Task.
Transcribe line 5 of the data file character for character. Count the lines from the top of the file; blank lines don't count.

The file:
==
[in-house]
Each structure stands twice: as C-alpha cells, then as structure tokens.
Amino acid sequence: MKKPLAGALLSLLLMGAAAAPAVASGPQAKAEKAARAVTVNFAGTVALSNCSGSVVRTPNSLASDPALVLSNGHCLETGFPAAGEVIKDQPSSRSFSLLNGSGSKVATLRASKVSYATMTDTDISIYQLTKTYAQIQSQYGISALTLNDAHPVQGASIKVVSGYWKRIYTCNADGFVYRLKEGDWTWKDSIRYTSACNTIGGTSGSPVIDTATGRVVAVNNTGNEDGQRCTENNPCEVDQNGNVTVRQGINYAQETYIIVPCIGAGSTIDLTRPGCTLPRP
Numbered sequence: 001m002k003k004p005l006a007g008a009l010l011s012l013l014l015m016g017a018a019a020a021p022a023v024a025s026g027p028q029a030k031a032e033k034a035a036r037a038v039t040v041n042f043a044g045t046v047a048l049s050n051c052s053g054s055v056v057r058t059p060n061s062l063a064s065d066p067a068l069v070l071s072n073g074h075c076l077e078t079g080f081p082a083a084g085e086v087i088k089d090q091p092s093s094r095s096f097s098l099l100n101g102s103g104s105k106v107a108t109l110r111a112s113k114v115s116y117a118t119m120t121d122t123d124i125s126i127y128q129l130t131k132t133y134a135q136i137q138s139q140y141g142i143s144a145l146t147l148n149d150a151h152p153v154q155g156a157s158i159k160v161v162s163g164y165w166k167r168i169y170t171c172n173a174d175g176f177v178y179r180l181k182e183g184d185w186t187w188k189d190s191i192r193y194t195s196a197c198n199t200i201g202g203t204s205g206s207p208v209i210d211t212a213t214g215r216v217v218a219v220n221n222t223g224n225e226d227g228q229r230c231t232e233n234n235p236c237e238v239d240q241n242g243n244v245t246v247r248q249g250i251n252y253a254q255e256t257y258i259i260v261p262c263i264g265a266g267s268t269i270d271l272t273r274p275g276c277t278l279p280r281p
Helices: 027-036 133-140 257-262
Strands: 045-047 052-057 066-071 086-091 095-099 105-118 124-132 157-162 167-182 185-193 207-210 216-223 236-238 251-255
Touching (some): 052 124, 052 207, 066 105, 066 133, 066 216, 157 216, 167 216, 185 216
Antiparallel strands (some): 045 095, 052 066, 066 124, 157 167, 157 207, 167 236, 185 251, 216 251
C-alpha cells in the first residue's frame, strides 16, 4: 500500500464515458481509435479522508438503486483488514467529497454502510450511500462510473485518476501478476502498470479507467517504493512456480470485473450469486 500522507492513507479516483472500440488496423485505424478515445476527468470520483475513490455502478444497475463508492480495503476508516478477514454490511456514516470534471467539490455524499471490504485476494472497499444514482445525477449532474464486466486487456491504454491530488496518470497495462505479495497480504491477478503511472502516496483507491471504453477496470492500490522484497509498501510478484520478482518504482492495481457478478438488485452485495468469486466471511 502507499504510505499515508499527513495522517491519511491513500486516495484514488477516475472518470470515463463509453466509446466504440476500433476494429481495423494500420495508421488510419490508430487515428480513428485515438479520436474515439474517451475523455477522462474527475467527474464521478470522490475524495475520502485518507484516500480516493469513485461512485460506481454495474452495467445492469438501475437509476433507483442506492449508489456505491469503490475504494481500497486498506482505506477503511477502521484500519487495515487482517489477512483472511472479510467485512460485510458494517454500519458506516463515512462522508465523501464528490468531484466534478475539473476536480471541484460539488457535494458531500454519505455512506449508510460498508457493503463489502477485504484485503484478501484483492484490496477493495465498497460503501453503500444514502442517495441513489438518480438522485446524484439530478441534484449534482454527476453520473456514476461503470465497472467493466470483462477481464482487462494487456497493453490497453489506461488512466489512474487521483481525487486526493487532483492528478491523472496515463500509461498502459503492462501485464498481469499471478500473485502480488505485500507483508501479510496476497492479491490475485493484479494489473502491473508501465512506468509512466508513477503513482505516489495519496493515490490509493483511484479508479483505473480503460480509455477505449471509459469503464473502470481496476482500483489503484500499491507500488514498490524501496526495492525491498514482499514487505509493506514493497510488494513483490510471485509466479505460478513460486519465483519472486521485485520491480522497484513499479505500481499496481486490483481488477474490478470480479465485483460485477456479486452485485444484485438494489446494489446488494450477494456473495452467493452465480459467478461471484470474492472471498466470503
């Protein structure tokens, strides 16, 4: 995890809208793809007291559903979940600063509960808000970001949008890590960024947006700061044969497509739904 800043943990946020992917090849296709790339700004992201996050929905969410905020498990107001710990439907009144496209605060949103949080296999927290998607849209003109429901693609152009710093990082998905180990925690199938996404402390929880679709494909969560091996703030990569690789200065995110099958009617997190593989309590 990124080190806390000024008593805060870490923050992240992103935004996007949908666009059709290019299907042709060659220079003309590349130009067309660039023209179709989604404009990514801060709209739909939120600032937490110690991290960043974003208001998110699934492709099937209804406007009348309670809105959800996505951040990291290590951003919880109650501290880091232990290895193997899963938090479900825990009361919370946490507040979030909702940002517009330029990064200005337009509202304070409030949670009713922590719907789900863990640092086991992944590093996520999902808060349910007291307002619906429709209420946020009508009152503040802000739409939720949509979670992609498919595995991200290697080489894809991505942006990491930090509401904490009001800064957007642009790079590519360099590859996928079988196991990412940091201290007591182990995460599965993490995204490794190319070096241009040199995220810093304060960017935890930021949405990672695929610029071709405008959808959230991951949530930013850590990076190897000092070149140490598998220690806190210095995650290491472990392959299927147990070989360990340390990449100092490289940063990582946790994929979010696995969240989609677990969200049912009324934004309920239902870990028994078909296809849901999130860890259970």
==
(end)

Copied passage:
Helices: 027-036 133-140 257-262